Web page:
• evidence to support the view that the proposed investment portfolio is suitable taking into account the above-mentioned requirements.

The Central Bank may request additional information for the purpose of reviewing a specific application and such information should be sufficiently detailed to enable the Central Bank to make an informed judgment with respect to that application.

The Central Bank has also indicated that other instruments may be added to the list of investments that will trigger enhanced scrutiny in the future.

Industry Letter on Benchmark Regulation

The Central Bank issued the Industry Letter to remind those responsible for the management of investment funds of their obligations to adequately prepare for the implementation of a number of on-going global benchmark reforms and any associated risks.

According to the Industry Letter, each Fund Management Company1 board must ensure that appropriate preparations are in place for the impact of the benchmark reforms for each fund it manages. This should include analysis of the extent to which these changes will affect fund investors, day-to-day fund operations such as fee calculations, system changes and delivery of investment strategies. Based on the analysis the Board should develop plans to address any potential risks, documentation or prospectus changes or engagement with investors as appropriate.

Additional Pre-approval Control Functions

As set out in the Notice of Intention, published on 25 February 2020 (here), the Central Bank is proposing to introduce three new Pre-Approval Controlled Functions (PCFs) and to split PCF-39 Designated Person into six PCF roles aligned to the specific managerial functions set out in the Central Bank’s UCITS Regulations, the Central Bank’s AIF Rulebook requirements and the Central Bank’s Fund Management Companies – Guidance 2016.

One of the new PCFs is Chief Information Officer which falls under the “General” category while the other two fall under the “Banking” category, namely Head of Material Business Line and Head of Market Risk.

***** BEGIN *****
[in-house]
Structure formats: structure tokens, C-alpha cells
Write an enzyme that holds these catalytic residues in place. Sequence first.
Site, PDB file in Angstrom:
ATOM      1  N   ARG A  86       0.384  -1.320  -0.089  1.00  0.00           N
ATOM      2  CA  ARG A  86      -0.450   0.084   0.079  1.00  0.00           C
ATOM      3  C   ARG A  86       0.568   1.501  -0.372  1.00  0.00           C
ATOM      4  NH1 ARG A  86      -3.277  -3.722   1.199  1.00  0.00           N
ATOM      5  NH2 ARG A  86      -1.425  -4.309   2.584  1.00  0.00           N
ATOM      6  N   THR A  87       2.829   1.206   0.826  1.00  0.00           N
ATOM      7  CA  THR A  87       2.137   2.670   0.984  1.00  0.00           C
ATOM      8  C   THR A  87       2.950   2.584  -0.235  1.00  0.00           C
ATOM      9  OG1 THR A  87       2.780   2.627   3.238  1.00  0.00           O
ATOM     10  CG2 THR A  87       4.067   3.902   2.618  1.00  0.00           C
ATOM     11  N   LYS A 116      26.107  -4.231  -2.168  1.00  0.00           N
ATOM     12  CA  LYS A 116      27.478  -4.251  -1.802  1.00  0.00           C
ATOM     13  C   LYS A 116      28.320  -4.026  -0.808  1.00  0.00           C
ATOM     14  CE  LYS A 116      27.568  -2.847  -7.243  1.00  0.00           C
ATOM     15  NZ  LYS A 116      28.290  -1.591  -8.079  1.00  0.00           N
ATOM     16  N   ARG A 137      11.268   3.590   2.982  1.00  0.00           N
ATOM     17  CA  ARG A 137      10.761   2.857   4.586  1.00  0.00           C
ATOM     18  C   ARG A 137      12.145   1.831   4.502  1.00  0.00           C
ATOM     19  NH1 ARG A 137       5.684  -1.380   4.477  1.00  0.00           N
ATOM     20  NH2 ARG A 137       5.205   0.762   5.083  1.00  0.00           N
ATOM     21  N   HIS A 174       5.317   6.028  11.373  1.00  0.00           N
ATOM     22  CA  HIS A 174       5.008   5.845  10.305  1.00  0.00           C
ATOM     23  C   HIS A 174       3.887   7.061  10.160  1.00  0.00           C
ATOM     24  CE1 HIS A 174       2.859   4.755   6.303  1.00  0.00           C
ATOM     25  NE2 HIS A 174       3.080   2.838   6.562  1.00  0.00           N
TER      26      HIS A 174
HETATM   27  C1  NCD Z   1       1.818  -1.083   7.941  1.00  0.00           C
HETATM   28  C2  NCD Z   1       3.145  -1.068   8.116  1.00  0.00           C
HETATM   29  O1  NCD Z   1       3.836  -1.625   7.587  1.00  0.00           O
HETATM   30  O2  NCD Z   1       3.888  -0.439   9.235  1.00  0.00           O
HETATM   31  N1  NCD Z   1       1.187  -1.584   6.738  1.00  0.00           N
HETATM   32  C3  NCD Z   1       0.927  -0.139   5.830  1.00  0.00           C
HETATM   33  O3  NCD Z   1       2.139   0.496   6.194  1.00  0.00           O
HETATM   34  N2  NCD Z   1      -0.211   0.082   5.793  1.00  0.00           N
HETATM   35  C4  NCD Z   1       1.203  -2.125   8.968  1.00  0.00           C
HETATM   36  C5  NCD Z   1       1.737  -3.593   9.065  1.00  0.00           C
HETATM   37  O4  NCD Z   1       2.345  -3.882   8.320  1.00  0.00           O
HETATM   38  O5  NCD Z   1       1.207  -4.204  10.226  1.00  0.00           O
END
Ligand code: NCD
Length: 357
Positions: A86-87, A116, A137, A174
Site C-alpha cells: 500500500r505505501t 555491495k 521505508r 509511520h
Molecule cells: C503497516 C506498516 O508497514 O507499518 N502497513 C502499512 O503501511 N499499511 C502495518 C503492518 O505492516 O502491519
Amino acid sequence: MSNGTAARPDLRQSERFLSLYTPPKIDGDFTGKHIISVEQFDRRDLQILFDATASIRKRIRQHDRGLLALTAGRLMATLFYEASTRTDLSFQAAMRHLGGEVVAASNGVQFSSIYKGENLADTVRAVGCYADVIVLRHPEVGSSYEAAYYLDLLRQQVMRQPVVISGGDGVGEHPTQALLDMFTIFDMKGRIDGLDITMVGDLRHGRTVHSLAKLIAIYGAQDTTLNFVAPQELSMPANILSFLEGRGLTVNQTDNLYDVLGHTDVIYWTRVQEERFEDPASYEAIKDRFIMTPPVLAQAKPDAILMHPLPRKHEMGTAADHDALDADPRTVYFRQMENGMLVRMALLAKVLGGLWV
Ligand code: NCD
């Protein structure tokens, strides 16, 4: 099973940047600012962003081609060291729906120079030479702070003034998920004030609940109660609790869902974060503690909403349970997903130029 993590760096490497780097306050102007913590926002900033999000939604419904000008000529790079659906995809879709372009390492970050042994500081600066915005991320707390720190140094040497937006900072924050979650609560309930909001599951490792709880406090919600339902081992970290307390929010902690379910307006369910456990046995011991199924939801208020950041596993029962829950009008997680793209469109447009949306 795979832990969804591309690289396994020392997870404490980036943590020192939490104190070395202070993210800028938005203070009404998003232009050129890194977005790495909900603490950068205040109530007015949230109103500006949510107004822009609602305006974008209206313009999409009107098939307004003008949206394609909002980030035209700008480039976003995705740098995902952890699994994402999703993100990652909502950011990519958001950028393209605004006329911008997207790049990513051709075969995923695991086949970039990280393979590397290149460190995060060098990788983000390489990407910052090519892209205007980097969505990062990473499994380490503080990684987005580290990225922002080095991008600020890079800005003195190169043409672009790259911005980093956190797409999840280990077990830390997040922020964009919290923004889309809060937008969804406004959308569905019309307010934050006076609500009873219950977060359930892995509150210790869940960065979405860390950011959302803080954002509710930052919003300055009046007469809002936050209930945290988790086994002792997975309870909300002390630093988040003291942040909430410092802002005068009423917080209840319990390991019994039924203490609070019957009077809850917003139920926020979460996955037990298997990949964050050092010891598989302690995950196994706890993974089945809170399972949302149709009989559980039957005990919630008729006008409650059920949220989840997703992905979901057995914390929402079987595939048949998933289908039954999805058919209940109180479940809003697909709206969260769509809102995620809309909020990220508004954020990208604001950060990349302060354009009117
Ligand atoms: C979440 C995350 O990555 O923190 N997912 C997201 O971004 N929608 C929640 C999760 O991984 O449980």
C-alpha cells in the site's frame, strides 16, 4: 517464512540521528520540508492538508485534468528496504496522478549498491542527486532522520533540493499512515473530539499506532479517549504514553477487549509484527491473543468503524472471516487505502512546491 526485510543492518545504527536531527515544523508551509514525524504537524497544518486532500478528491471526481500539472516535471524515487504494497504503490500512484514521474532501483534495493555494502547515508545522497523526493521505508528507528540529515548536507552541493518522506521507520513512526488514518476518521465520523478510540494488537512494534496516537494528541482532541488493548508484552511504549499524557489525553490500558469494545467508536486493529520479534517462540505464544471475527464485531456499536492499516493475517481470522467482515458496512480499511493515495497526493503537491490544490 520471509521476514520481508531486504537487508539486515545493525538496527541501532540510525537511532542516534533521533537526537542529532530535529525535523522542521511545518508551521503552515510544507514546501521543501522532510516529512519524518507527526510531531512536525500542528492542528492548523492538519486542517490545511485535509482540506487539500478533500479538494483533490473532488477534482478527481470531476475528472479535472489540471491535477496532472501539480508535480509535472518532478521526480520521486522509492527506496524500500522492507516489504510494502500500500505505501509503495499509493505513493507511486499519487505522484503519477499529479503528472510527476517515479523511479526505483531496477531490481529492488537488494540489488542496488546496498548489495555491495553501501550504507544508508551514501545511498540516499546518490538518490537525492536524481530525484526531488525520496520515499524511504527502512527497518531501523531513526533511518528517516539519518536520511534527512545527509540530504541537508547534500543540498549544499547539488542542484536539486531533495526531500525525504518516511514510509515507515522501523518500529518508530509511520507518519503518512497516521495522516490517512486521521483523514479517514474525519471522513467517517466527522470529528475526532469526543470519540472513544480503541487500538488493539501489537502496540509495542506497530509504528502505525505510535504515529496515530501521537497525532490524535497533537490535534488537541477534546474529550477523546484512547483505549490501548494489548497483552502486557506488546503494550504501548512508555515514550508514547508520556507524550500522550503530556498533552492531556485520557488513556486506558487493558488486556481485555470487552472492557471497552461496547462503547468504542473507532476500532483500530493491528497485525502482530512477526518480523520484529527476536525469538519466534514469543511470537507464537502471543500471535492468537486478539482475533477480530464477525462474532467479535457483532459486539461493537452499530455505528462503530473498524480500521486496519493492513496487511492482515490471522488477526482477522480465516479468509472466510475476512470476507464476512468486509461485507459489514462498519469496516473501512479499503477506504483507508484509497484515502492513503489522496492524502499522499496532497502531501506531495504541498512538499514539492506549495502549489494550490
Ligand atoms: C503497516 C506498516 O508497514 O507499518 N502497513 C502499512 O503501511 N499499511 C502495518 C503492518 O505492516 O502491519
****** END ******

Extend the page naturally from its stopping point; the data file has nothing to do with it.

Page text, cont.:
• PCF-39 Designated Person will be split in the following six new PCF roles:
  • PCF-39A: Designated Person with responsibility for Capital and Financial Management;
  • PCF-39B: Designated Person with responsibility for Operational Risk Management;
  • PCF-39C: Designated Person with responsibility for Fund Risk Management;
  • PCF-39D: Designated Person with responsibility for Investment Management;
  • PCF-39E: Designated Person with responsibility for Distribution; and
  • PCF-39F: Designated Person with responsibility of Regulatory Compliance.

According to the Notice of Intention, the Central Bank will put in place amended regulations reflecting the new roles pursuant to Section 22 of the Central Bank Reform Act 2010 (the “2010 Act”).

In an FAQ in the Notice of Intention’s Annex, the Central Bank states that persons in situ at the date the amended regulations come into effect will not be required to seek the Central Bank’s approval to continue to perform one of the new PCF roles.

However, a regulated financial service provider (“RFSP”) will be required to review its assessment under Section 21 of 2010 Act in respect of any person in situ to ensure that it has reasonable grounds to be satisfied that the person complies with fitness and probity requirements and that he or she has agreed to abide by any such standard. The RFSP must also submit confirmation of such an assessment to the Central Bank.

This process will commence after the amended regulations come into effect and an RFSP will have a six week period to submit the in situ confirmation. Should the person in the role change after the new PCF roles have been introduced, he/she will be required to seek the Central Bank’s prior approval in writing to that appointment by means of a new IQ submission.

Stakeholders can submit comments on the Notice of Intention up until 26 March 2020.